191201scl Endeavor

After more than 650 scientific research expeditions across the world, the University of Rhode Island’s R/V Endeavor will soon be decommissioned. The ship, which has been on the water for 43 years, has outlasted the typical 30-year lifespan for similar vessels and will be replaced in 2022 by the state-of-the-art R/V Resolution.

After 43 years and traveling more than 1 million nautical miles around the globe, one of the University of Rhode Island’s hardest workers will be retiring next year. The 185-foot long R/V Endeavor, the university’s research vessel based at the Narragansett Bay Campus, will be decommissioned and sold after having completed more than 650 scientific research expeditions in the Atlantic and Pacific Oceans, Mediterranean and Black Seas, Gulf of Mexico and as far as Easter Island in the South Pacific.

“The ship has an outstanding record of achievement and has carried the URI and Rhode Island flag proudly across the oceanographic community as our ambassador,” said Bruce Corliss, dean of the URI Graduate School of Oceanography, which operates the ship for its owner, the National Science Foundation. “It has a reputation for having a committed captain, crew and support staff who really go out of their way to help the scientists have a successful cruise. And that really makes a difference to the researchers.”

According to Corliss, who will be retiring in the spring, Endeavor is well past the typical 30-year life of a research ship, which is why it is being retired.

“Older boats like this don’t have the scientific technological capability that modern research demands,” he said. “And with age, they become increasingly challenging and expensive to maintain. That’s a spiral that we don’t want to get into.”

Yet Rhode Islanders can be proud of how Endeavor contributed to the scientific understanding of the oceans and helped to educate teachers, students and young scientists since being commissioned in1976, when it was one of the first ships in the nation designed as a research vessel. Its first cruise was in response to an oil spill from the M/V Argo Merchant near Nantucket. It served in a similar capacity in the Gulf of Mexico 34 years later following the Deepwater Horizon oil spill. And during a 14-day expedition to search for geologic evidence of an earthquake off Haiti in 2010, the ship delivered humanitarian aid to the people of that devastated nation.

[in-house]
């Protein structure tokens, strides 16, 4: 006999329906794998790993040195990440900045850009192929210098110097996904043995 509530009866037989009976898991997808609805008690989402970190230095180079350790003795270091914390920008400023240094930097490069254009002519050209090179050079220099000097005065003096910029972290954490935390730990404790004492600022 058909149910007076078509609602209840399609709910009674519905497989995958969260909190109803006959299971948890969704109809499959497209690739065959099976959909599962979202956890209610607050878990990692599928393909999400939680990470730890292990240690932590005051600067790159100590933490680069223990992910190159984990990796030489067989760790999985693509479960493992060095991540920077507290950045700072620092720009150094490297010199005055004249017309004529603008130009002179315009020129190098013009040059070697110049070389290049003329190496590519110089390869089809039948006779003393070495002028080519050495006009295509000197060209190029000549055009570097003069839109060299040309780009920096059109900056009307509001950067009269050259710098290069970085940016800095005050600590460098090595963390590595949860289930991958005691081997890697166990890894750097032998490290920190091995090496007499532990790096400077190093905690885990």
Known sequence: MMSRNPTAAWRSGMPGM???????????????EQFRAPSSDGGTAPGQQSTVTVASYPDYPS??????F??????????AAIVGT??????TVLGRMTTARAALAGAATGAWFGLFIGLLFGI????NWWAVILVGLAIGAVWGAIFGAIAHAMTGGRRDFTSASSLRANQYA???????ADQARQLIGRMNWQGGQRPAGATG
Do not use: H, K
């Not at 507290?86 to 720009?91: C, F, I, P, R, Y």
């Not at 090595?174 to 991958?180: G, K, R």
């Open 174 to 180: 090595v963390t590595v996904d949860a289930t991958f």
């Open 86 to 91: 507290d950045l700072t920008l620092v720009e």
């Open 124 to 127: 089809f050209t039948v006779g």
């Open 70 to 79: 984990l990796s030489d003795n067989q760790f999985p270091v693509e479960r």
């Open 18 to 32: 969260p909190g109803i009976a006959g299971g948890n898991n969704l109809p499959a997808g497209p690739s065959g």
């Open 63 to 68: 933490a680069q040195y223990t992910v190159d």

Local schoolteachers are among those who have benefitted from traveling aboard Endeavor to get hands-on experience in oceanographic research through the Rhode Island Teachers at Sea program. And as they all attest, one of the most memorable parts of the experience was the food. The ship has won the Best Grub Award among ships in the academic fleet several times.

“It really does have superb food, and it’s important to highlight how important that is on a research cruise,” Corliss said. “The morale of the ship can rise or fall with the food. People are working really hard, not getting a lot of sleep, they have all sorts of stress trying to get their work done under difficult conditions, and having these great meals is something they really look forward to.”

As Endeavor is retired and likely sold to a foreign government or research institution, URI will welcome a new research vessel in 2022. The R/V Resolution, which is now under construction in Louisiana, will provide oceanographic researchers with state-of-the-art technology.

The $125 million, 199-foot Resolution will have a range of more than 5,000 nautical miles, with berths for 16 scientists and 13 crew members and a maximum speed of 13 knots. The ship will be able to stay at sea for about 21 days before returning to port and will routinely send streams of research data to shore via satellite.

“It will have dynamic positioning, which means that with the ocean bottom a mile beneath you, we’ll be able to lower a piece of equipment and hit a target on the bottom,” explained Corliss. “Much of the equipment onboard will be automated, making it much safer and more efficient. And it includes lots of things that will address environmental sustainability.”

For instance, the hull design was chosen for its fuel efficiency, and heat from the engine room will be recaptured and used in the heating system. Many of the environmental advancements in the ship’s design were the result of workshops URI hosted for boat builders and the scientific community aimed at improving the sustainability of research vessels.

Resolution will be operated by the URI-led East Coast Oceanographic Consortium, which includes the Woods Hole Oceanographic Institution and the University of New Hampshire, along with 13 other marine science institutions along the East Coast.

“The consortium will bring other perspectives and expertise into ship operations that will only improve and strengthen what we do,” Corliss said. “But the real potential of the consortium is scientific collaboration and educational collaboration – the bringing together of workers and researchers from other institutions. That’s going to be the big payoff.”

The consortium was required to submit a complex proposal to compete with other oceanographic institutions around the country seeking one of the few ships being constructed this decade by the National Science Foundation. It was one of Corliss’s most important assignments as dean, and he wasn’t prepared to lose.

“A ship provides broad visibility to the university and the state that we wouldn’t otherwise have,” he said. “That’s basically what separates oceanographic institutions from marine biological stations. And having that capability provides an important means of doing education and outreach, being able to take students out to sea, and taking schoolteachers aboard. Those things would be lost if we didn’t have a vessel.”

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